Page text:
The world has seen many intriguing manufacturing technologies so far, but 3D printing has really caught everyone’s attention over the past few years. Not only does it have the potential to create something through an entirely unique process, but it also has the capability to render some production lines useless. 3D printing is a process of making three dimensional solid objects from a digital file. The manufacturing industry is always looking at new and innovative ways of working and in recent years, 3D printing has been at the forefront. Advancements in the 3D printing technology, equipment and materials has resulted in the costs being driven down, making it a more feasible option to general manufacturing use. If consumers are able to 3D print their favorite everyday consumer goods using a 3D printer at home, the manufacturing industries will face a serious drawback. On a different note, 3D printing has opened up new opportunities for production, factory maintenance, and R&D, since acquiring spares for a machine has never been easier.
Traditional manufacturing has to deal with the ever-growing demands of the world but it has some restrictions. That is where 3D printing can step in to take over. 3D printing for manufacturing comes with a number of exciting and unique advantages when compared with traditional manufacturing. The creation of a 3D printed object is achieved using additive processes. In an additive process an object is created by laying down successive layers of material until the object is created. Each of these layers can be seen as a thinly sliced horizontal cross-section of the eventual object. Additive Manufacturing seems to be quite the buzzword in today’s manufacturing industry. The usual manufacturing process is mostly a subtractive process, where the raw material gets wasted and reused over and over again. For example, in a car factory sheet metal is cut and shaped into specific body parts and leftover metal is later melted back down and formed into metal plates again before they can be reused for any further processes.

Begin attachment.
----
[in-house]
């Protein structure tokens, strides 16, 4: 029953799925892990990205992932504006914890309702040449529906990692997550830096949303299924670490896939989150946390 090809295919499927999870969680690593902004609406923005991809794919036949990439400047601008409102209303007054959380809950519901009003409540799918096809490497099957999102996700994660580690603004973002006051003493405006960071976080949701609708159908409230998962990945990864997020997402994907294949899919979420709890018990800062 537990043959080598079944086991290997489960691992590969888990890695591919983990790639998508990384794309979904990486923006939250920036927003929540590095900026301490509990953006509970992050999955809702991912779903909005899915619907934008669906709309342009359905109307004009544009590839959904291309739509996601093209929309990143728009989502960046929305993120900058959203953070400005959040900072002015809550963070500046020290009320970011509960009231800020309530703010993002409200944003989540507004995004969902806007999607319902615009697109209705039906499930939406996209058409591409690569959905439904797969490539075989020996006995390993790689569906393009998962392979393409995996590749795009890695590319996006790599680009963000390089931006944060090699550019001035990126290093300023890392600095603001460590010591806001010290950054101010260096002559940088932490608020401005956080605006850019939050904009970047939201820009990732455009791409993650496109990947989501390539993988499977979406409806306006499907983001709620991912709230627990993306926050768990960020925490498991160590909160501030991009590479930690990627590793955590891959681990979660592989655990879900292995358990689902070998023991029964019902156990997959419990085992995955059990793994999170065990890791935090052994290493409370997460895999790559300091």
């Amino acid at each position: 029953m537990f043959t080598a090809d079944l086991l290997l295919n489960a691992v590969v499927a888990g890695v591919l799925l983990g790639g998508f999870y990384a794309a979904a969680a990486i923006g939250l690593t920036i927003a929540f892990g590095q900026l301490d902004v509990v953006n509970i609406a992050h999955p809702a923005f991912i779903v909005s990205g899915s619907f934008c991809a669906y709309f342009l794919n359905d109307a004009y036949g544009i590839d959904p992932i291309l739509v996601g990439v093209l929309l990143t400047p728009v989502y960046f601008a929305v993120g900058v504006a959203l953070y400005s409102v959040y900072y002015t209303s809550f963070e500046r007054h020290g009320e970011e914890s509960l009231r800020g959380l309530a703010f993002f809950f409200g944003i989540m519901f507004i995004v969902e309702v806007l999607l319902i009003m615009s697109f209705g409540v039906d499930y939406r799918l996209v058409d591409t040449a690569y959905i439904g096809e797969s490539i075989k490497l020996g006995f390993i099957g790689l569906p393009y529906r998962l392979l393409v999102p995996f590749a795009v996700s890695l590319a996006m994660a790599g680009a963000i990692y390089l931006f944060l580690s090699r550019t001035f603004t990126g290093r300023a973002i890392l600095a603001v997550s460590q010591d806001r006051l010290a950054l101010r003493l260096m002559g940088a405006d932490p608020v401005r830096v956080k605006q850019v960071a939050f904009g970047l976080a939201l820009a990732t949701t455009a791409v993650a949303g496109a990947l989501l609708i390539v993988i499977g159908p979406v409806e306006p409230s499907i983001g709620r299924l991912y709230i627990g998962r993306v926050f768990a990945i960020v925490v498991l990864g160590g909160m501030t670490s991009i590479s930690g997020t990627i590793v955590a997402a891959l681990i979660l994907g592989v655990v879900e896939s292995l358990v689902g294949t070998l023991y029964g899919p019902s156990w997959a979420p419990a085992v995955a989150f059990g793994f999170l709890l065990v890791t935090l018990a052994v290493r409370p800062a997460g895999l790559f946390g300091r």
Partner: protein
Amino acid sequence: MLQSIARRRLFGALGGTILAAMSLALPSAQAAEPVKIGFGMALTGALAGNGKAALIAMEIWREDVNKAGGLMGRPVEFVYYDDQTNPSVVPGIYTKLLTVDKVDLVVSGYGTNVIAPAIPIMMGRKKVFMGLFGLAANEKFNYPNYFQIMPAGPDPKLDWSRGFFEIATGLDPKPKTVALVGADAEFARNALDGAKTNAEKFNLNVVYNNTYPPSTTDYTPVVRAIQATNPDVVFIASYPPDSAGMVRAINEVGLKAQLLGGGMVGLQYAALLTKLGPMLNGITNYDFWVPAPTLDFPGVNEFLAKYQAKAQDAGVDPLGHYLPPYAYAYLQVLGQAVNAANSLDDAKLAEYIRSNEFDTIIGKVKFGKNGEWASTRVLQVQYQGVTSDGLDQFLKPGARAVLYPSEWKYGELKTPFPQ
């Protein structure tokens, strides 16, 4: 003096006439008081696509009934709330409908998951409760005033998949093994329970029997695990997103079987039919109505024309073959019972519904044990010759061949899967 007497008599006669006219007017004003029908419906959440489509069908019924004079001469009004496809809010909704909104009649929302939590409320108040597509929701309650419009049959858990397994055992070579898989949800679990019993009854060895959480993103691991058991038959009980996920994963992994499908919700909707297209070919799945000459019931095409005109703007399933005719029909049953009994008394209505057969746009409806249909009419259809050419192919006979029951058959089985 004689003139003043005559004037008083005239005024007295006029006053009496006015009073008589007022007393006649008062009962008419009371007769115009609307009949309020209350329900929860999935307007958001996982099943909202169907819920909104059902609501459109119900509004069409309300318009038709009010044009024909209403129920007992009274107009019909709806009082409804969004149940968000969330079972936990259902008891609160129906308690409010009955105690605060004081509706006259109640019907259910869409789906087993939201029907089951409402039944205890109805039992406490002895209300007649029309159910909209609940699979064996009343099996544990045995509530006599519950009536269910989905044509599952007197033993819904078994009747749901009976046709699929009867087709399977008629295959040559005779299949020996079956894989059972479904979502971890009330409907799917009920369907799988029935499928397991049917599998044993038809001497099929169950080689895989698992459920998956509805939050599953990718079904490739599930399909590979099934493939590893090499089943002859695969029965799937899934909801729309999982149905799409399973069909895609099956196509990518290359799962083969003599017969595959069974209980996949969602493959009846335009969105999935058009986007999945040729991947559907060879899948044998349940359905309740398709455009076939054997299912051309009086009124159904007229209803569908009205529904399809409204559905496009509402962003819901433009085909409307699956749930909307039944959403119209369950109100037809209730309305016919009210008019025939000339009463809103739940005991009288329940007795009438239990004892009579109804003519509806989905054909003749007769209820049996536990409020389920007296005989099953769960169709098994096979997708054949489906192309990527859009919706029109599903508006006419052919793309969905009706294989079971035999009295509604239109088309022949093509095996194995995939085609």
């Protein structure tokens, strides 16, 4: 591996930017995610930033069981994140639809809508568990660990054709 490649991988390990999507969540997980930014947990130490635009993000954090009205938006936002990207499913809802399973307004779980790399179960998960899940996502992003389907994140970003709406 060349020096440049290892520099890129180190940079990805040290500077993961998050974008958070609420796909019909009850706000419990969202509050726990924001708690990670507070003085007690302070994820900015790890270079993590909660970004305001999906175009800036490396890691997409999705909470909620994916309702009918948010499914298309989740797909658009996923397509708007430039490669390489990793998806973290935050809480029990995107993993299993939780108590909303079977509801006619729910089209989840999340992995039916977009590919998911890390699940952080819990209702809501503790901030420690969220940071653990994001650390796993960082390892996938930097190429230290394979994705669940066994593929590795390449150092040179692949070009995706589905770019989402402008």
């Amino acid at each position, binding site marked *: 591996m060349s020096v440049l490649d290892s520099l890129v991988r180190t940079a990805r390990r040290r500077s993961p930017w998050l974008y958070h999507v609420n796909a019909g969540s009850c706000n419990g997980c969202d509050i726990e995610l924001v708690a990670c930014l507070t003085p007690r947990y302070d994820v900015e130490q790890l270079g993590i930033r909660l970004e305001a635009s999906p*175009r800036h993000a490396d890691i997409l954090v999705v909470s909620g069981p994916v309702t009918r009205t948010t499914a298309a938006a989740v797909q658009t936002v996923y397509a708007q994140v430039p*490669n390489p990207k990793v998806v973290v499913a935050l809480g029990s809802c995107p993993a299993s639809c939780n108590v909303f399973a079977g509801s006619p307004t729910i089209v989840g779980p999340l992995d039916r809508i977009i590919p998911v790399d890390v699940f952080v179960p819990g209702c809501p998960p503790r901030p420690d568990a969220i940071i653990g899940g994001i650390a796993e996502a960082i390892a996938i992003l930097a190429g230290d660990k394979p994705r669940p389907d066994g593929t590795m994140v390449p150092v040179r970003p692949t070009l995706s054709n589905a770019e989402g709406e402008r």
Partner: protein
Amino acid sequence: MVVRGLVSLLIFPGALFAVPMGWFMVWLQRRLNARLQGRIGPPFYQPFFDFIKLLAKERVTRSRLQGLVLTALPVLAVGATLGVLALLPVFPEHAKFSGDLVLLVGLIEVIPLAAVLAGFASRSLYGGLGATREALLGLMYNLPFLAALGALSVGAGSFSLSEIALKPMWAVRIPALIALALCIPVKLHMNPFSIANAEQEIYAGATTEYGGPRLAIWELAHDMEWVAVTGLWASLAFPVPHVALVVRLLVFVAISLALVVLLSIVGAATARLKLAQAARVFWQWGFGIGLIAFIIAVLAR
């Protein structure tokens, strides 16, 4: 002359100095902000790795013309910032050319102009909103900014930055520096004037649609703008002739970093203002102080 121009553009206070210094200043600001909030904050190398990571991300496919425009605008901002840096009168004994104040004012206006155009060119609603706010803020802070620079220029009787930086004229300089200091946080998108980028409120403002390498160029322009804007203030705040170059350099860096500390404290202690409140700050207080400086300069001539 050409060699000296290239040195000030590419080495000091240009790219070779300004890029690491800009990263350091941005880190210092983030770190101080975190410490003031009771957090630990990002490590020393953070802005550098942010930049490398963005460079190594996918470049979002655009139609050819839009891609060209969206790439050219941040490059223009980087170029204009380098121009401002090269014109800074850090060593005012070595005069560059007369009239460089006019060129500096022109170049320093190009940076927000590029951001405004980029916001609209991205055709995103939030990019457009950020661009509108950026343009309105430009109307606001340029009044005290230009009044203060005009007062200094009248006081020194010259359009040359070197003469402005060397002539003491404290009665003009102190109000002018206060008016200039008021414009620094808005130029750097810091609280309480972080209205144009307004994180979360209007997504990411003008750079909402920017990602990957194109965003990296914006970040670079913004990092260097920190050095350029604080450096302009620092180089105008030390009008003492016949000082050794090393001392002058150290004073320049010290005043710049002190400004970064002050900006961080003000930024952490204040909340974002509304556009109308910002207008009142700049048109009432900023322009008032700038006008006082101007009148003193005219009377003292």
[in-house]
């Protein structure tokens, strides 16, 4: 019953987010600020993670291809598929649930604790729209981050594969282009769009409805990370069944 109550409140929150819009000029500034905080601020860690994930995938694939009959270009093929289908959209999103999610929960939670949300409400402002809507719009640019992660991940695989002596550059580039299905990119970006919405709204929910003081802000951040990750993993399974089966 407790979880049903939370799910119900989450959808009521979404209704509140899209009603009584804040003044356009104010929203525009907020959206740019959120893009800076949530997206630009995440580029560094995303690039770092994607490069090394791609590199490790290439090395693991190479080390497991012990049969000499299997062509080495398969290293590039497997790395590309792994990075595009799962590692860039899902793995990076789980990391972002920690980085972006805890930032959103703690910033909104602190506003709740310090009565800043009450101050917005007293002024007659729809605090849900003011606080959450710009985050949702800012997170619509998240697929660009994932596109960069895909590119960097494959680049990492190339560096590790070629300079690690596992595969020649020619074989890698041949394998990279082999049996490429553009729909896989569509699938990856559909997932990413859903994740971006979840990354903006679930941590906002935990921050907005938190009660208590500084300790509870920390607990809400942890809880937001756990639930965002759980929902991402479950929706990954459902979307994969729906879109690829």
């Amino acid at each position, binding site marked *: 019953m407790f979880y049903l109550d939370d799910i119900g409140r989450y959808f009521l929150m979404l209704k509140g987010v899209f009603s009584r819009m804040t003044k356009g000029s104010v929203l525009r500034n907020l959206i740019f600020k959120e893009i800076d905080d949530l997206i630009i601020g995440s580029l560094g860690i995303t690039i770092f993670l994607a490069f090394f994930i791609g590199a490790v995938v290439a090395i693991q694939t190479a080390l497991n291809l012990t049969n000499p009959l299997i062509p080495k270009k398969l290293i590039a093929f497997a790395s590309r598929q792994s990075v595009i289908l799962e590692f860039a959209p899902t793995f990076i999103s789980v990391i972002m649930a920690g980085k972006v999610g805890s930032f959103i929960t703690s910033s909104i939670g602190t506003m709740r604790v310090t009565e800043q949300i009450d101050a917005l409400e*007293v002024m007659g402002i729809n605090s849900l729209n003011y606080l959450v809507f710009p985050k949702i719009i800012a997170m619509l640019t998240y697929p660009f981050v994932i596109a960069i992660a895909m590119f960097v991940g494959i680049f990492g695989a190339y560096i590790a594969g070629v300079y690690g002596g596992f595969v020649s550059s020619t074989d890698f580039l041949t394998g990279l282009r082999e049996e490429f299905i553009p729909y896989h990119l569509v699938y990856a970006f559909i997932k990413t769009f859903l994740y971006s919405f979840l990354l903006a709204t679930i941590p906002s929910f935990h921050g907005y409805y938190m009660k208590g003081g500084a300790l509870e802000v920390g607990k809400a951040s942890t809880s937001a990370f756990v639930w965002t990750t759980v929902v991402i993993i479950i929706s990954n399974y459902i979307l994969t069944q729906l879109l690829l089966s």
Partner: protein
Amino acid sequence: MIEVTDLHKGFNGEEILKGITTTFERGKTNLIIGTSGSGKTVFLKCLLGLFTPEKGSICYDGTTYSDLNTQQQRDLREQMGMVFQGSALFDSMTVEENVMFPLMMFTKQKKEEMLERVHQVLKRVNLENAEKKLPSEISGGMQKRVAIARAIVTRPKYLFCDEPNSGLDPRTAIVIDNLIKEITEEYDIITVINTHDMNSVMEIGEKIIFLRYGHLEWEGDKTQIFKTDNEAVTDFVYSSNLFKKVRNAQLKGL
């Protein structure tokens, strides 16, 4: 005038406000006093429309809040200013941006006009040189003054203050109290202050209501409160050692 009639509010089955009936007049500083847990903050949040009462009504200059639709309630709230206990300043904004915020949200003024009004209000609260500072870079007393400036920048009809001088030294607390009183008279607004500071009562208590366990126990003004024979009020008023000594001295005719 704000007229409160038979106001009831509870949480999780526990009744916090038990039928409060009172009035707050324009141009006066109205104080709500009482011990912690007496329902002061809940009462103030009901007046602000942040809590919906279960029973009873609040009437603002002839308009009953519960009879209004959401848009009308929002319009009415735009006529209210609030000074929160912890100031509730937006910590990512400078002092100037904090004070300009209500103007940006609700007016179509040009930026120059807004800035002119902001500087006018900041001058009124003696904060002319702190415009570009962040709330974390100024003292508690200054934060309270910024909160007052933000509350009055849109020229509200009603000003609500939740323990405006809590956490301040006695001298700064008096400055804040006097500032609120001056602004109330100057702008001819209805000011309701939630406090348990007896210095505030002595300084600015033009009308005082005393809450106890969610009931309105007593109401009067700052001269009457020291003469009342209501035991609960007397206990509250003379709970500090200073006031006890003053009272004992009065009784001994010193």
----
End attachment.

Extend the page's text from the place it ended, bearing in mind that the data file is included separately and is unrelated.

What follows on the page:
3D printing is a very precise manufacturing process which uses many different 3D modeling software tools available. Industrial grade software can easily cost thousands a year per license, but there’s also open source software you can get for free. Whatever is designed is 3D-printed using the raw materials, no cutting down, no leftover material, no need to reprocess the materials. Therefore, it’s only an additive process and not subtractive. By being an additive process, 3D manufacturing reduces material waste, as well as processing time and required equipment.
3D printing includes many forms of technologies and materials as 3D printing is being used in almost all industries you could think of. It’s important to see it as a cluster of diverse industries with a myriad of different applications.
- Dental products
- Architectural scale models
- Movie props
- Design (lamps, furniture, etc.)
- Reconstructing fossils in paleontology
- Replicating ancient artefacts in archaeology
- Reconstructing bones and body parts in forensic pathology
- Reconstructing heavily damaged evidence retrieved from a crime scene
3D printing undoubtedly impacts the material and production cost in a production environment. Depending on the purpose, the price of a 3D printer can be between $5,000 to $500,000 depending on the purpose and material requirements. However, in a massive manufacturing setup, the ROI would certainly make up for the cost. A lot of time is saved by precise prototyping using 3D printing, the companies may put more effort into getting things done the right way in lesser time. A lot of the ROI could potentially be saved so that companies might make some investment in sectors they don’t usually do. Such experiments with the finances are supposed to bring the company benefits, without conducting a full-fledged cost analysis on every end.
The manufacturing industry is filled with competition and that means that these challenges are nothing more than hurdles to overcome. This is because the industry has to not only think about the technical benefits that 3D printing for manufacturing can bring, but also the value it can add to a business. 3D printing’s future is bright, but somewhat unpredictable at the same time. The market share is increasing and more production industries are acquiring 3D printing units.